Sequestration Concerns Dilute Marriott's Optimism - Business Travel News

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Sequestration Concerns Dilute Marriott's Optimism

February 20, 2013 - 01:20 PM ET

By Michael B. Baker

Despite positive performance in 2012 and an otherwise optimistic outlook for the year ahead, Marriott International executives are concerned that the looming U.S. federal-spending sequestration deadline could lessen not only government travel demand, but also overall travel demand.

During the company's fourth-quarter earnings conference call on Thursday, Marriott president and CEO Arne Sorenson echoed many of the positive trends cited by competitors during the past few weeks. Corporate rate negotiations are about 85 percent complete, he said, and Marriott came close to realizing its goal of increases in the high-single-digit percentage range.

"Special corporate negotiations came out a little lighter than we anticipated, but maybe by a half a point or so, so nothing meaningfully different," Sorenson said. "It could be explained around anxiety around the fiscal cliff and the economy."

For the final quarter of 2012, overall average daily rates increased 3.3 percent globally year over year and by 4 percent in North America. Executives expect the increases to continue this year. Sorenson also called group business an "encouraging sign," as group revenue put on the books during the final quarter of 2012 for events in 2013 was up 8 percent compared with the same period last year.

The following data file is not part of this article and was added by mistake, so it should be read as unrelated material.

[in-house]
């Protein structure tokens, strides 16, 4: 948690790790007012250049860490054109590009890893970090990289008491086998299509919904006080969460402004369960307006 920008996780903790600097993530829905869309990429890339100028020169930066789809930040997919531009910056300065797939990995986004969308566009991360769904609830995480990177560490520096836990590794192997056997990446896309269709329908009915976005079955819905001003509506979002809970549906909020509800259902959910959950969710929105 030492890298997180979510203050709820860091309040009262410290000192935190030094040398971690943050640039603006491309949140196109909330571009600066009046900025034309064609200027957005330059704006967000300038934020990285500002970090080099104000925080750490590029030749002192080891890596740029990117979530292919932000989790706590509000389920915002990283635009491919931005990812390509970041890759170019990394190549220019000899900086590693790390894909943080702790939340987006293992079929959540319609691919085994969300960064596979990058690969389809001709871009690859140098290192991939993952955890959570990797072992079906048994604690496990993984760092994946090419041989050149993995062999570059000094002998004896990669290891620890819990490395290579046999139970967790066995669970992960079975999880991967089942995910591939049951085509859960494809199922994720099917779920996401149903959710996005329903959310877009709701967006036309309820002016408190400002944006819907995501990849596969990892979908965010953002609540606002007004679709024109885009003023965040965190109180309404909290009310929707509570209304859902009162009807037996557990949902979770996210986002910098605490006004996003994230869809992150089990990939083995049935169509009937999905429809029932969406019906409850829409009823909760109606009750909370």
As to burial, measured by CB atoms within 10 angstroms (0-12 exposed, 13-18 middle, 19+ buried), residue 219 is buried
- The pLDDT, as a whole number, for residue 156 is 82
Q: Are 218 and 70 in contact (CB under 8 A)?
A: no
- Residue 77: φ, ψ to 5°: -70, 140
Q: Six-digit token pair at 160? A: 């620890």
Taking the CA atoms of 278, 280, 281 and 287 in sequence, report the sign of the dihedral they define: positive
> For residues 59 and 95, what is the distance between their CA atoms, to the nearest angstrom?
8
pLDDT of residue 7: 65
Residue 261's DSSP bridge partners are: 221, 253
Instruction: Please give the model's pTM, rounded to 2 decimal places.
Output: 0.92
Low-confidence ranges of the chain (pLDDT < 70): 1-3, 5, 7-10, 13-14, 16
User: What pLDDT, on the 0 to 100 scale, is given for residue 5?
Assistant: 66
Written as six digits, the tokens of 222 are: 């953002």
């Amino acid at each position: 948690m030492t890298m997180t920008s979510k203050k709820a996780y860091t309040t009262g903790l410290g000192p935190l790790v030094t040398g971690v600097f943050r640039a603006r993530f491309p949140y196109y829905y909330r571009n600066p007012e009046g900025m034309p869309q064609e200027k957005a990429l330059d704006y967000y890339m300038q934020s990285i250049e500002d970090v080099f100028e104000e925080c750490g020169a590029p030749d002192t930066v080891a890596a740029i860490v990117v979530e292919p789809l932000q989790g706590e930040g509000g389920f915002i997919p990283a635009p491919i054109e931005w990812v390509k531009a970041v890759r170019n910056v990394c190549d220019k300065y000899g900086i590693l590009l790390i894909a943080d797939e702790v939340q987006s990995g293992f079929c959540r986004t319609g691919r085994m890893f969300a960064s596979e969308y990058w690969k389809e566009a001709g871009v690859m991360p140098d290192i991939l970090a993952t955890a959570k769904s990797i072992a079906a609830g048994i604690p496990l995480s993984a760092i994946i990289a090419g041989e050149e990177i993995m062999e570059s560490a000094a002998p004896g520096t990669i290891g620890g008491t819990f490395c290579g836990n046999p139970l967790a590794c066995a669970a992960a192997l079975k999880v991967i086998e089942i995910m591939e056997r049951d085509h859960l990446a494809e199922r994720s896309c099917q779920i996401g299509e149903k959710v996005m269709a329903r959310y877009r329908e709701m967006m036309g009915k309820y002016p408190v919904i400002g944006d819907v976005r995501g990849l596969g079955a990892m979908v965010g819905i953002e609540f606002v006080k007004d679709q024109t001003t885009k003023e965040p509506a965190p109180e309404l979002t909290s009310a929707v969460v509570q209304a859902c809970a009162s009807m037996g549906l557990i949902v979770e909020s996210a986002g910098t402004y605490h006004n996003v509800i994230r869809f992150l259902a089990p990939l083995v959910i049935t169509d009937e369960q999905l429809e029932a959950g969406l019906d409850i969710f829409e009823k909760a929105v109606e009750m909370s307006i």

Even so, the March 1 deadline for sequestration—automatic, deep federal budget cuts that will occur short congressional action—could be "another ugly chapter" for the hotel industry, Sorenson said.

Sorenson estimated that government travel makes up about 5 percent of hotel demand overall and about 12 percent of demand in the Washington, D.C., area. Last year, a few meetings were canceled because of government cutbacks though nothing "that showed up in a measurable way," he said.

Hotels felt cutbacks in other ways. Some government groups no longer order lunches during events, with hotels adapting by offering bagged lunch options at the federal government per diem rate, according to Sorenson.

Should the deeper cuts take effect, however, the impact could be broader and eventually would spread outside of the government travel sector, he said.

"Government contractors will look early in the process to cut travel expenses, so that is very much a connection to our industry, and we'll be hit a little harder than the industry on average," Sorenson said. "There's also another debt ceiling issue, and as we watch it, we don't see there's much reason for optimism and a quick resolution. It's something that could expand from a government-travel-related thing to the broader economy."

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